At the height of power blackouts in South Africa earlier this year households went without electricity for 10 hours a days. The unprecedented spike in outage hours saw the middle class scramble for alternative energy sources to buffer against the failing electricity grid. However, the poorest and the most vulnerable were being left in the dark, writes Ufrieda Ho. Read More
South Africa’s energy transition passed significant milestones at the last two COPs (Conference of the Parties of the UNFCCC). Over the last two years, a framework for a just transition was developed and adopted by government, considering the inclusion of groups left behind by the energy industry. Women in particular face numerous challenges in the energy sector: while they fail to profit from energy production, they are also deeply afflicted by the existential issues linked to coal-based energy production. Tunicia Phillips and Leona Schmitt take a closer look at South Africa’s just transition plans and how they seek to include women in the process. Read More
South Africa’s ambitious plan to transition away from coal was endorsed at the recent COP27 climate conference in Egypt where officials from Britain, France, Germany, the United States, and the European Union signed pledges of $8.5 billion to help fund its initial steps. Currently South Africa relies upon coal to generate up to 87% of its electricity, but by the end of the decade the nation wants to close more than half its aging, unreliable coal-fired power stations and replace them with new solar and renewables. Yet today state-owned energy provider Eskom is struggling to provide consistent electricity. But despite the climate benefits, citizens and miners fear the plan may end up costing hundreds of thousands of jobs, lead to the privatization of Eskom and rapid market liberalization as operators race to construct solar farms near existing coal facilities. Lead blogger and podcaster Michael Buchsbaum reviews the situation. Read part 1, part 2, and part 3 of this series.
South Africa has just been given a purse of $8.5 billion to help accelerated its move away from coal. But as the international climate negotiations wrapped up in Glasgow, a few key developments at home suggest that the continent’s biggest polluter is not in a hurry to end its relationship with coal. Leonie Joubert takes a closer look.
When South Africa emerged from the most severe of the COVID lockdowns in 2020, nearly one in three employable adults was jobless. The country’s escalating unemployment is a symptom of an unequal economy inherited from generations of colonial- and apartheid-era exploitation. Could a universal basic income be the answer to a more equitable post-carbon world? Leonie Joubert investigates.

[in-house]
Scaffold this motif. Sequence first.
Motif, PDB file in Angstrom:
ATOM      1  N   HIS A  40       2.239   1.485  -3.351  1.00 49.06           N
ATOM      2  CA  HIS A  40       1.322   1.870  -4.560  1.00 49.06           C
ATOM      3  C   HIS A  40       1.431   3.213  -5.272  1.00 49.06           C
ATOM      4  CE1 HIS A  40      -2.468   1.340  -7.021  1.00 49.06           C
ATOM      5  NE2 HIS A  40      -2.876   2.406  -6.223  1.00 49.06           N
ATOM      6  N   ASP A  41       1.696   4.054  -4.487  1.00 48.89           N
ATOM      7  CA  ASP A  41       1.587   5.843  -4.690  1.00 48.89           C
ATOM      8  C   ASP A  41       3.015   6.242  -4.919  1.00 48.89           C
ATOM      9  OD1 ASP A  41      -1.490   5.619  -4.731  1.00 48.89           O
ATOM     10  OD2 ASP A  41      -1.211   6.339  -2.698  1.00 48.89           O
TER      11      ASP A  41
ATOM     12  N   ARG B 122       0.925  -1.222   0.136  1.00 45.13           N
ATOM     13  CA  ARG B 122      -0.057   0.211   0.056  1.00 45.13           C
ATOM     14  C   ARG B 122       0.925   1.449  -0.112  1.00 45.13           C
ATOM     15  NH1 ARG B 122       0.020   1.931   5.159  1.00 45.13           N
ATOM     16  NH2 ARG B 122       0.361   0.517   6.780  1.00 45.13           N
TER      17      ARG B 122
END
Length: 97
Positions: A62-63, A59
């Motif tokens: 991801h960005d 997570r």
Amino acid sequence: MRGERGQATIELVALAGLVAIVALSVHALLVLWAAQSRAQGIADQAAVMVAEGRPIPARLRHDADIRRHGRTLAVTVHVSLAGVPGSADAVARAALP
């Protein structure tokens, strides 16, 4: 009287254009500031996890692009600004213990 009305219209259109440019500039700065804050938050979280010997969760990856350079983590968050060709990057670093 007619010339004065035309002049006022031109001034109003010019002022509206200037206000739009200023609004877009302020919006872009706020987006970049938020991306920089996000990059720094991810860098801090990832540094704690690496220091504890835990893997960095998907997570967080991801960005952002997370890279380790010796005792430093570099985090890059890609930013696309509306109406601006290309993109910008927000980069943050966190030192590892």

Southern Africa is warming at twice the rate of the global average. Worsening drought and rising temperatures are likely to bring about a collapse of two keystone agricultural activities — livestock and maize farming — warns the latest climate science, presented in the long-awaited United Nations’ Intergovernmental Panel on Climate Change (IPCC) new report.
Civil society organisations in South Africa are proposing a post-WW2-style economic recovery programme to steer energy transformation for the state utility that echoes Roosevelt’s New Deal in the USA. But the country has been thrown into an even deeper energy crisis, following an explosion at one of the country’s newly-minted power stations. Could this make the ‘Green New Eskom’ idea even more relevant? Leonie Joubert investigates.
Environmental disasters and global warming severely threaten global biodiversity. Few wild places can boast diverse ecosystems that are largely intact. One such area – Kavango Zambezi Transfontier Conservation Area (KAZA) – is being threatened by plans by the oil and gas industry. Andy Gheorghiu reports on the fight to prevent oil and gas extraction in Southern Africa that is threatening our planet’s largest nature protection zone.
What better way to set a country on a path to a just transition than to allow lower-income families to harvest the free solar energy falling on or around their homes, and sell it to the national grid? After years of regulatory deadlock on the private sale of electricity in South Africa, sudden tectonic policy changes mean community energy co-operatives might be able to join the energy supply sector.
South Africa is taking emergency steps to plug the holes in a leaky electricity grid that are causing another season of scheduled power outages. One of these involves hiring three plug-and-play ocean-based mobile power stations – so-called ‘powerships’. But local energy experts warn that these are risky, expensive, and that the money would be far better spent building utility scale solar and wind plants.